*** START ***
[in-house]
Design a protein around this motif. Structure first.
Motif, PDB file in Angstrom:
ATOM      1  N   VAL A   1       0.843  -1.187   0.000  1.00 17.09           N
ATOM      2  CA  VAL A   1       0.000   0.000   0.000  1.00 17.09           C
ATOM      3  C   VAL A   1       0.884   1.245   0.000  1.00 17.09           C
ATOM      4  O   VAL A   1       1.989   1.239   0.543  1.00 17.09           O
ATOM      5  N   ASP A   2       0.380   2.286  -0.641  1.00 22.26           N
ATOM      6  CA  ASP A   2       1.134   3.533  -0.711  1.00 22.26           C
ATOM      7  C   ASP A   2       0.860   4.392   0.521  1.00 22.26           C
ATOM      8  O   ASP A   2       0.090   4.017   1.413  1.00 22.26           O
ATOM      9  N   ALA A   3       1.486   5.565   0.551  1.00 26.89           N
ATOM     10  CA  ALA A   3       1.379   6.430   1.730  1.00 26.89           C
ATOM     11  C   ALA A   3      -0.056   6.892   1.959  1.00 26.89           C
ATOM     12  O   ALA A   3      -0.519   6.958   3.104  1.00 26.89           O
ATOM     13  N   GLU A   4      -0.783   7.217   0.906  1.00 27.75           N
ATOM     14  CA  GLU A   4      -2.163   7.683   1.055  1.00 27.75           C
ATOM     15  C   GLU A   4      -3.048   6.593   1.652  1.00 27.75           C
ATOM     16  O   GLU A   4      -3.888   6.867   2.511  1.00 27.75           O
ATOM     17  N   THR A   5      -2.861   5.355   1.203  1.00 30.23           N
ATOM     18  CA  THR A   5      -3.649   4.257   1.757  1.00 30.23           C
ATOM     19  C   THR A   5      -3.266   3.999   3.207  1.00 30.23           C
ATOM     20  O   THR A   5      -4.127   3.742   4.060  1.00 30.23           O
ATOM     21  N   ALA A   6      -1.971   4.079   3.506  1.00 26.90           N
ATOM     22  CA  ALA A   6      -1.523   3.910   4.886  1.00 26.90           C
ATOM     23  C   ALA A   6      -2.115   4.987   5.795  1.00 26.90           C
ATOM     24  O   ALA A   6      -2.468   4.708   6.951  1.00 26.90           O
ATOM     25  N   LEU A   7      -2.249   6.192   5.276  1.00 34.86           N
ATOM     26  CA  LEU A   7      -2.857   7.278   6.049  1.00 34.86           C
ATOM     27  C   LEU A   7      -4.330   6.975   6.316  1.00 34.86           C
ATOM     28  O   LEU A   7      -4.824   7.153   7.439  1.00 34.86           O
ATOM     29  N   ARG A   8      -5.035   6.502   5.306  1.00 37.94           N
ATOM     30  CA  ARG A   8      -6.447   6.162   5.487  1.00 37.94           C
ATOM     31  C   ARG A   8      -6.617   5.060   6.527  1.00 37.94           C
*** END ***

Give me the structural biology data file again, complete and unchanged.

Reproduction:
[in-house]
Design a protein around this motif. Structure first.
Motif, PDB file in Angstrom:
ATOM      1  N   VAL A   1       0.843  -1.187   0.000  1.00 17.09           N
ATOM      2  CA  VAL A   1       0.000   0.000   0.000  1.00 17.09           C
ATOM      3  C   VAL A   1       0.884   1.245   0.000  1.00 17.09           C
ATOM      4  O   VAL A   1       1.989   1.239   0.543  1.00 17.09           O
ATOM      5  N   ASP A   2       0.380   2.286  -0.641  1.00 22.26           N
ATOM      6  CA  ASP A   2       1.134   3.533  -0.711  1.00 22.26           C
ATOM      7  C   ASP A   2       0.860   4.392   0.521  1.00 22.26           C
ATOM      8  O   ASP A   2       0.090   4.017   1.413  1.00 22.26           O
ATOM      9  N   ALA A   3       1.486   5.565   0.551  1.00 26.89           N
ATOM     10  CA  ALA A   3       1.379   6.430   1.730  1.00 26.89           C
ATOM     11  C   ALA A   3      -0.056   6.892   1.959  1.00 26.89           C
ATOM     12  O   ALA A   3      -0.519   6.958   3.104  1.00 26.89           O
ATOM     13  N   GLU A   4      -0.783   7.217   0.906  1.00 27.75           N
ATOM     14  CA  GLU A   4      -2.163   7.683   1.055  1.00 27.75           C
ATOM     15  C   GLU A   4      -3.048   6.593   1.652  1.00 27.75           C
ATOM     16  O   GLU A   4      -3.888   6.867   2.511  1.00 27.75           O
ATOM     17  N   THR A   5      -2.861   5.355   1.203  1.00 30.23           N
ATOM     18  CA  THR A   5      -3.649   4.257   1.757  1.00 30.23           C
ATOM     19  C   THR A   5      -3.266   3.999   3.207  1.00 30.23           C
ATOM     20  O   THR A   5      -4.127   3.742   4.060  1.00 30.23           O
ATOM     21  N   ALA A   6      -1.971   4.079   3.506  1.00 26.90           N
ATOM     22  CA  ALA A   6      -1.523   3.910   4.886  1.00 26.90           C
ATOM     23  C   ALA A   6      -2.115   4.987   5.795  1.00 26.90           C
ATOM     24  O   ALA A   6      -2.468   4.708   6.951  1.00 26.90           O
ATOM     25  N   LEU A   7      -2.249   6.192   5.276  1.00 34.86           N
ATOM     26  CA  LEU A   7      -2.857   7.278   6.049  1.00 34.86           C
ATOM     27  C   LEU A   7      -4.330   6.975   6.316  1.00 34.86           C
ATOM     28  O   LEU A   7      -4.824   7.153   7.439  1.00 34.86           O
ATOM     29  N   ARG A   8      -5.035   6.502   5.306  1.00 37.94           N
ATOM     30  CA  ARG A   8      -6.447   6.162   5.487  1.00 37.94           C
ATOM     31  C   ARG A   8      -6.617   5.060   6.527  1.00 37.94           C